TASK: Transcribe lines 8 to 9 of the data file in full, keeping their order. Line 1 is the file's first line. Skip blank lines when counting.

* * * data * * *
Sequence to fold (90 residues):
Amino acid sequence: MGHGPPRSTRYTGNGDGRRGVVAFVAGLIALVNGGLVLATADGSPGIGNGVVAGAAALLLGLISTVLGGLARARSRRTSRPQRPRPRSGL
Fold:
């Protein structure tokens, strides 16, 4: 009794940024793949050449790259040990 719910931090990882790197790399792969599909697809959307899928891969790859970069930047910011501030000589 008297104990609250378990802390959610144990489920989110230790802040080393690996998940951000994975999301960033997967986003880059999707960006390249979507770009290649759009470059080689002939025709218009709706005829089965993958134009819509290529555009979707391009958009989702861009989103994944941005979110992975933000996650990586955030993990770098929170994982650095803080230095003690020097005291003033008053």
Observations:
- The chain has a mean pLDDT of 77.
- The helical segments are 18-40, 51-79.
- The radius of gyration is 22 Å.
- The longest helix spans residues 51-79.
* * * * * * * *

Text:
- The radius of gyration is 22 Å.
- The longest helix spans residues 51-79.